The efforts made by these caretakers cannot be described simply as some kind of “natural” phenomenon, as in “of course they are leaving the country with their children, that is what mothers do, because the dads are busy defending the country.” In this division of care-taking labor, women are making hard choices, and there is nothing natural or obvious about picking up your child (or your elderly mother, or your disabled friend) and leaving everything behind—the rest of your family, all your resources, the community and relations you identify with and depend on. There is nothing secure in front, only a glimmer of hope that you will make it over the border and that you may be able to rest and ensure the person you are taking care of is out of immediate danger. I have been ridiculed for calling these people heroes.  But I insist on identifying these women as such. They have confronted danger, the unknown, and placed themselves in a position of precarity to make sure another person more vulnerable than them will hopefully come out less scathed by the terrible events and trauma of the war.  

Two years of COVID enabled these mothers to become IT specialists and logistics experts. They have learned how to read the symptoms of depression in their children’s eyes. They learned how to prepare for periods of isolation and lockdowns. This applies not only to the millions of displaced women inside and outside Ukraine. It applies also to the volunteers who have been meeting them on the other side of the border. Much has been written about the extraordinary grassroots efforts in Poland. I take the success of those efforts to be connected to the ways in which social media has become a tool for mutual support during COVID, as well as the ways in which women have informally supported each other through learning and play pods, or sharing homegrown pedagogy and tools for dealing with children overcome by the mental toll of the pandemic. Similar on-line support communities sprang up in Romania, and mothers’ support groups retooled their focus towards collecting diapers, formula, wipes, blankets, and toys for those arriving at the border from Ukraine.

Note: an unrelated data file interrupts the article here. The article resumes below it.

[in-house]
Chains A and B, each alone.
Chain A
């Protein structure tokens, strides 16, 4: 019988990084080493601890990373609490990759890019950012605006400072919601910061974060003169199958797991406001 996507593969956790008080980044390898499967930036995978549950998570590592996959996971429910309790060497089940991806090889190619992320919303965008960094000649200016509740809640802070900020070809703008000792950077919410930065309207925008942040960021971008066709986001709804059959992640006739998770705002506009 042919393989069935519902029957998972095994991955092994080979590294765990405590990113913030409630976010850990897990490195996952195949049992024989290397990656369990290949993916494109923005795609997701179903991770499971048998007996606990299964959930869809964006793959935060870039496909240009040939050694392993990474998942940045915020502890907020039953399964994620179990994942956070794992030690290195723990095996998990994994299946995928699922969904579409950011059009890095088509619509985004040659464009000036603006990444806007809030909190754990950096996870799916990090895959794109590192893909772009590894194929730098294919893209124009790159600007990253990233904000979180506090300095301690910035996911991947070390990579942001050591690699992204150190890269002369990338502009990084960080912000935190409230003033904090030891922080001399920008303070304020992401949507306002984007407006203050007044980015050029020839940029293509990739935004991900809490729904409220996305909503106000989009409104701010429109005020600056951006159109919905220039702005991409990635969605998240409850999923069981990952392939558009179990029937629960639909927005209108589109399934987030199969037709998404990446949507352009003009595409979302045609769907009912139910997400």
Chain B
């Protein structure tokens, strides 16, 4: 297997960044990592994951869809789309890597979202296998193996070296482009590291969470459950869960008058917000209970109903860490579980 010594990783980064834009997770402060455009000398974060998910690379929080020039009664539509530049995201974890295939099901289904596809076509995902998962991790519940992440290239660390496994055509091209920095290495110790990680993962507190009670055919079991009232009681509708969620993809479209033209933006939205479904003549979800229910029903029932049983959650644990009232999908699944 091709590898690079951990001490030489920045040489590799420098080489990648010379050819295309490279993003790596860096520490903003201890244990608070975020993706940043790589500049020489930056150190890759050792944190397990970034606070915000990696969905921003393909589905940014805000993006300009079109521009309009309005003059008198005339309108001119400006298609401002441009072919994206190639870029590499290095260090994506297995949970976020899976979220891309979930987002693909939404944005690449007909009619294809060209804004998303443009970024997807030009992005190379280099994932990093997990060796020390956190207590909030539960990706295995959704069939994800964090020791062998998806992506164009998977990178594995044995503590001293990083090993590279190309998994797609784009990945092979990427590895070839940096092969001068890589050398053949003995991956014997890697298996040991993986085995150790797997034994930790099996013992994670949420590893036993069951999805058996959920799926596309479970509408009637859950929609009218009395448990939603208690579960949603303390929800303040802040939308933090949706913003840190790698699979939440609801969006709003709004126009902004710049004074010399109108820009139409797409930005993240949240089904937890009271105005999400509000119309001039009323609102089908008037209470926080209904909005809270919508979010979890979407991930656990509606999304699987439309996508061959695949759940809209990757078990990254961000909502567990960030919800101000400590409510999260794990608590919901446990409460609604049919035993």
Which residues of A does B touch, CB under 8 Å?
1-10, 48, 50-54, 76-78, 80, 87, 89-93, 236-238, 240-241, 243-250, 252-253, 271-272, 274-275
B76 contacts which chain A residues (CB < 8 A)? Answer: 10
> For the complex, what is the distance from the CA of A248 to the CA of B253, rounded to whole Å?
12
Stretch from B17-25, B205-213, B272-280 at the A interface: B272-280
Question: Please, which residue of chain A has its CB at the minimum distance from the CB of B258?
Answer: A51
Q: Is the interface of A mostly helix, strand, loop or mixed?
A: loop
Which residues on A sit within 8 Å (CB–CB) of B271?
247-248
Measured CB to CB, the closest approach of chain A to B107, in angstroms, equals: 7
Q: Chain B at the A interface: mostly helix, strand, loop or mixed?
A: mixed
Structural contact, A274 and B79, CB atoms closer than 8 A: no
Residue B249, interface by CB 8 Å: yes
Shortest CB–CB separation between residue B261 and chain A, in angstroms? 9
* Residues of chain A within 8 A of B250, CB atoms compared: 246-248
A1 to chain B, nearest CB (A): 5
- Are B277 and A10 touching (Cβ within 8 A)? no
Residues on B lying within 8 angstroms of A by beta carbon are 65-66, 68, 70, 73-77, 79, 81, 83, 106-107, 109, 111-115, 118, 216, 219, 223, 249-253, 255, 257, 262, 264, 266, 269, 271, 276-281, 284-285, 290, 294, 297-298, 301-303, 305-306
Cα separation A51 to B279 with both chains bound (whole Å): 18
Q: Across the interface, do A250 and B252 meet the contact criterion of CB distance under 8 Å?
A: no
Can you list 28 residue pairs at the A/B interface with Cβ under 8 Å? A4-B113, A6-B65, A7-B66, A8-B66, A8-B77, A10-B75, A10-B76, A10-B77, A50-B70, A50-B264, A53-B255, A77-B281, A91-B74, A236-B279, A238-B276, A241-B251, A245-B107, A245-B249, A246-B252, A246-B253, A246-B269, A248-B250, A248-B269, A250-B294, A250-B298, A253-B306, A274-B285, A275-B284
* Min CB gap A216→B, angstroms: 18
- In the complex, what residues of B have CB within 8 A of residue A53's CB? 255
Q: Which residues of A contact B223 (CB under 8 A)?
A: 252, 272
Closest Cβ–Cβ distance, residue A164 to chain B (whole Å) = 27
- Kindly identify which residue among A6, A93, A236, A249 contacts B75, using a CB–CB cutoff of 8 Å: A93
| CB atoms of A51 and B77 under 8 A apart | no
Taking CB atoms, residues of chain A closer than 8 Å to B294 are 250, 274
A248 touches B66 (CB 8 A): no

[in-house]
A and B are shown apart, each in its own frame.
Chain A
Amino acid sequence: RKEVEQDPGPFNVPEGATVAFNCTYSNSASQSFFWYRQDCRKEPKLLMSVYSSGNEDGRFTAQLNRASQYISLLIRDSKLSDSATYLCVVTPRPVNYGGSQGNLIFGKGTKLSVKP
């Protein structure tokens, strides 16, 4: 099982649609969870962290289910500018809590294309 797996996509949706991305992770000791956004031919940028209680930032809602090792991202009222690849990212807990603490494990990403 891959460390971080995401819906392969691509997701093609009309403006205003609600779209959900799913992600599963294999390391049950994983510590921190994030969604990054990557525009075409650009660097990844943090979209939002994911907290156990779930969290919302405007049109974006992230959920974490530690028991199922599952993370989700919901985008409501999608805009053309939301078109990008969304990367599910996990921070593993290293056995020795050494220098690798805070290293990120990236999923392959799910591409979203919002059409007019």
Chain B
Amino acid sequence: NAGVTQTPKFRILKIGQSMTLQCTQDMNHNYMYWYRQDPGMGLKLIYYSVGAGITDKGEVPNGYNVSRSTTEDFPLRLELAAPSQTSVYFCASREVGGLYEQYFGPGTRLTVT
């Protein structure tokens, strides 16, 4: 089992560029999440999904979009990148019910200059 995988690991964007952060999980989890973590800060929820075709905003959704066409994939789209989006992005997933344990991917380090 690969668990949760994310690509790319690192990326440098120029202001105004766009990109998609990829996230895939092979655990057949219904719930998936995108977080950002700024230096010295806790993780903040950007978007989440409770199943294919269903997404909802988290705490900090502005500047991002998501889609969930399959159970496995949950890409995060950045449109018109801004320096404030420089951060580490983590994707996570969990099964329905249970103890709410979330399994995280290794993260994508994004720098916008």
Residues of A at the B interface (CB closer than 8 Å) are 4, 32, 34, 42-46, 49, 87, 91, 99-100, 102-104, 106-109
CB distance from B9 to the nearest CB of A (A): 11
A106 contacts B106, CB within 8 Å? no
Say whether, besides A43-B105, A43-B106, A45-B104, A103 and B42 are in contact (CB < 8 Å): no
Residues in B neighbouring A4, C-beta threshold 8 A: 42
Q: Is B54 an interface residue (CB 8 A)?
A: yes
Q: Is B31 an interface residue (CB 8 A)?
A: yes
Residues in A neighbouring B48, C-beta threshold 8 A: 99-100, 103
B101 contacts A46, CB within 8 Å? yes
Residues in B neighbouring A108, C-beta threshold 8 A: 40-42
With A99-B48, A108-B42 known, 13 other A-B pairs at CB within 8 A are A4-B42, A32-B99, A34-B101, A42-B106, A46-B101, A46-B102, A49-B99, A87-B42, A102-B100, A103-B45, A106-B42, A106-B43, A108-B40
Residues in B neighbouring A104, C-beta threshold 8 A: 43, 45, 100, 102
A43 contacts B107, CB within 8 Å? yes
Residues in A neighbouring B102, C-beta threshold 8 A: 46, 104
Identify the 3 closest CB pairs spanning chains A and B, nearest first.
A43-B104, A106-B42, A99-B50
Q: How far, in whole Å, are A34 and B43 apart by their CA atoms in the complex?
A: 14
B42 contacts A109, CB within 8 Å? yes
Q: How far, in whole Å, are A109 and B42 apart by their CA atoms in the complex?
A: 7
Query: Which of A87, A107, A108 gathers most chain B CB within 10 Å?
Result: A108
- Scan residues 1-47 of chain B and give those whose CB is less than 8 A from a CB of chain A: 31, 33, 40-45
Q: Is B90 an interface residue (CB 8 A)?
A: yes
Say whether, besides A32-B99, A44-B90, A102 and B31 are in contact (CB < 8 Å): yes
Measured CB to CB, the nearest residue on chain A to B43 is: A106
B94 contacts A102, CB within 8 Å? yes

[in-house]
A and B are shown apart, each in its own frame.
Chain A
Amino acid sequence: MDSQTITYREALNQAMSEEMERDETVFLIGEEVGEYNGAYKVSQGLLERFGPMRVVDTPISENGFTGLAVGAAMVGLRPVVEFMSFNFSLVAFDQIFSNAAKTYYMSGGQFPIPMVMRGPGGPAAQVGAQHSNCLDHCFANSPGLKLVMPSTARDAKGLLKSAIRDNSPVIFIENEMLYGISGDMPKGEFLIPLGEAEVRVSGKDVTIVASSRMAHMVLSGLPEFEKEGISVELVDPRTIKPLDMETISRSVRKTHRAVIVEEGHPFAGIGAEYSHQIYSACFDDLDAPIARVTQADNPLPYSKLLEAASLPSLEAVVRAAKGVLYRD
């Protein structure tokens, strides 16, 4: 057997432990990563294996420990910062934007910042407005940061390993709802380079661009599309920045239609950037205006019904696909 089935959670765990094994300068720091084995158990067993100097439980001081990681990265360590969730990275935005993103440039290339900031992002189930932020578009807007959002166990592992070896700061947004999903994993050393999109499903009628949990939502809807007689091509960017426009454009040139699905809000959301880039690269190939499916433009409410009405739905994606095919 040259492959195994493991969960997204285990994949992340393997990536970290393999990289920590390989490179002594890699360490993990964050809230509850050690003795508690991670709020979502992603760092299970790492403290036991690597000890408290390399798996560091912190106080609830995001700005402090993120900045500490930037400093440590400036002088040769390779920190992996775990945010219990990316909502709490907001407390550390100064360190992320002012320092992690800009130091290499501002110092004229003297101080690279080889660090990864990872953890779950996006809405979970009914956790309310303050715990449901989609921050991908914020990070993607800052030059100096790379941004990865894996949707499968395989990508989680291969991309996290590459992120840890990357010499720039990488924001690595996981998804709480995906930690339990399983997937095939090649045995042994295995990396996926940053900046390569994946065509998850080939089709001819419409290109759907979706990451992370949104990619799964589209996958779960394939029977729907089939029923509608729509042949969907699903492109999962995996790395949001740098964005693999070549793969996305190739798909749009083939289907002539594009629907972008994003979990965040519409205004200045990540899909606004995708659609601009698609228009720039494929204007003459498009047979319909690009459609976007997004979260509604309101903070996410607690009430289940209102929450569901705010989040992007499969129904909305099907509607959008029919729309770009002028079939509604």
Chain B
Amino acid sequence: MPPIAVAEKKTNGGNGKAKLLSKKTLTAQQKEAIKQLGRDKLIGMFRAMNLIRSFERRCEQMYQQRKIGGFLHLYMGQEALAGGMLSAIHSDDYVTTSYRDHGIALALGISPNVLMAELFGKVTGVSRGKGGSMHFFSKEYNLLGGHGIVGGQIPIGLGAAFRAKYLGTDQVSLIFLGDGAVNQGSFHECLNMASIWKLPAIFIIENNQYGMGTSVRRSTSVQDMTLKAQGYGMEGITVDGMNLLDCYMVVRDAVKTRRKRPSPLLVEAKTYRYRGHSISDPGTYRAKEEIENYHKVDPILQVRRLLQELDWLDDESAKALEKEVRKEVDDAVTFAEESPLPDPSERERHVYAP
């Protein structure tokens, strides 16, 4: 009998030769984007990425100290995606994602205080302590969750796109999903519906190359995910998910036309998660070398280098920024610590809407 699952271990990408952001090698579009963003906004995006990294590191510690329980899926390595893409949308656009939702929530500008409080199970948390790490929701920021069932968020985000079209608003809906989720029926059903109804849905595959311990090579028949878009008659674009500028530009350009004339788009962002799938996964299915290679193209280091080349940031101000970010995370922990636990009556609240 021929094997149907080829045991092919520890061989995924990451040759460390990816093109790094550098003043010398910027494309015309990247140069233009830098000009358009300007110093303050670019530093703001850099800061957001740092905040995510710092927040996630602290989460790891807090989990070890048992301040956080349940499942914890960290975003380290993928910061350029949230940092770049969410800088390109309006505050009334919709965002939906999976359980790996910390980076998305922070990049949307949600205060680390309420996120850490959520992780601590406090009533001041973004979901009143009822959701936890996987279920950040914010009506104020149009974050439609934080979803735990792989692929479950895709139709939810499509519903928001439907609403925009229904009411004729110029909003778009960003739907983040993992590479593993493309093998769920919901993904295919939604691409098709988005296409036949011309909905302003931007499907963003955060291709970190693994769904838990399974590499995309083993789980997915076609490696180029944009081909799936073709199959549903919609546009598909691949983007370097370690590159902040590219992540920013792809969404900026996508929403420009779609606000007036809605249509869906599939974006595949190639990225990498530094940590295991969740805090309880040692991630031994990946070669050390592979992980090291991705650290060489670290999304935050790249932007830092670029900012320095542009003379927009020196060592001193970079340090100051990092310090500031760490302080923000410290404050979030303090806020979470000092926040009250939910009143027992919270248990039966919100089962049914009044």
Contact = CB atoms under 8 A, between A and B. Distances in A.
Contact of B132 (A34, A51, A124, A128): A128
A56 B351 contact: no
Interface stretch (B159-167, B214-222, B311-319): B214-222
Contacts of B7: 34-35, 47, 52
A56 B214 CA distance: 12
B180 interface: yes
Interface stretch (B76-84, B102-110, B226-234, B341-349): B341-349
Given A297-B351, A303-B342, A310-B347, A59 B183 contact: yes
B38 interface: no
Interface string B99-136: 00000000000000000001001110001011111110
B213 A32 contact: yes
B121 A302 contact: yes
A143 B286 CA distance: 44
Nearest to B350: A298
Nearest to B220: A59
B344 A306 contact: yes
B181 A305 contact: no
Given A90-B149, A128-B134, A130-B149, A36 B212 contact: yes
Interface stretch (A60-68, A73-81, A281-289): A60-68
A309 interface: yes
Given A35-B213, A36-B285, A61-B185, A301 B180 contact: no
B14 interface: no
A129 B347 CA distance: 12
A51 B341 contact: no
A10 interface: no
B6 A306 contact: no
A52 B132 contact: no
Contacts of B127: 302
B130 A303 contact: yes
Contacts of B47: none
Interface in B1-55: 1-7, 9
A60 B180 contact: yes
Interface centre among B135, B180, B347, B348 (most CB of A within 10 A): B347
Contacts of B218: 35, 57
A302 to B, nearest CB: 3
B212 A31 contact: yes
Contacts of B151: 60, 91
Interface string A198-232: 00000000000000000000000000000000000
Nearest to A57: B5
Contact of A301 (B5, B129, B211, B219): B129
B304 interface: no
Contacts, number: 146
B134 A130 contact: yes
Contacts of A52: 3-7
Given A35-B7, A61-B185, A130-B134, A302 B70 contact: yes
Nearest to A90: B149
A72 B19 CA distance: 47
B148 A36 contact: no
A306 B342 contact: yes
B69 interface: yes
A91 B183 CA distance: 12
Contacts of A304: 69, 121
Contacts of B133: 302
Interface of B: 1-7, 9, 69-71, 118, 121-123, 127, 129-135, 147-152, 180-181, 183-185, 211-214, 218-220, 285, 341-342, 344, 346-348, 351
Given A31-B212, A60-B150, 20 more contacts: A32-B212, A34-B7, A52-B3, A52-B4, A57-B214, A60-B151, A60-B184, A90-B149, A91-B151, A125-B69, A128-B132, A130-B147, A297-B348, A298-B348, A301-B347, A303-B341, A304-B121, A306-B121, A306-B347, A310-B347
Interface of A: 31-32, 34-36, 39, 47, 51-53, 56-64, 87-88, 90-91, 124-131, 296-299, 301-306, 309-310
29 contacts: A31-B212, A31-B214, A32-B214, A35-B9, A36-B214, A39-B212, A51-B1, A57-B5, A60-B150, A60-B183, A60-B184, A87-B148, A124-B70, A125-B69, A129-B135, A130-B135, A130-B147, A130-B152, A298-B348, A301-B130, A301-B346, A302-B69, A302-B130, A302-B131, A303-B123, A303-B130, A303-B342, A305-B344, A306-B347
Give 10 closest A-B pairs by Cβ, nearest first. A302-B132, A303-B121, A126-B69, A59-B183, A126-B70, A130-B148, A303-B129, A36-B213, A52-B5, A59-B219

Young women show up every day at refugee centers and transit hubs to help when officials, most of them men, especially among the police force (76% in Romania, higher in the rest of Europe), stand by idly. In a well-publicized case from Bucharest, Romania, a Roma family that included several small children and one disabled elderly person, in addition to several adult women, was ridiculed and left to fend for themselves by the male policemen patrolling the refugee transit center. Their abusive attitude extended to challenging one of the older women about her intent to get some tea and bread from the waiting room.  Because she spoke Romanian, they assumed she was a local Roma woman who, “like all the gypsies,” was coming in uninvited and trying to illegitimately take some of the resources placed there for the refugees. Humiliated, the refugee retreated to her group, afraid to seek any further information or help. Two young women, unpaid volunteers, saw this and went over to help the family. They found the right train and wagon, carried the baggage of the group on the train, lifted the disabled man onto the train, brought the wheelchair on board, and then hugged the refugees, wishing them a safe trip. The entire time the policemen stood idly by, making snide remarks.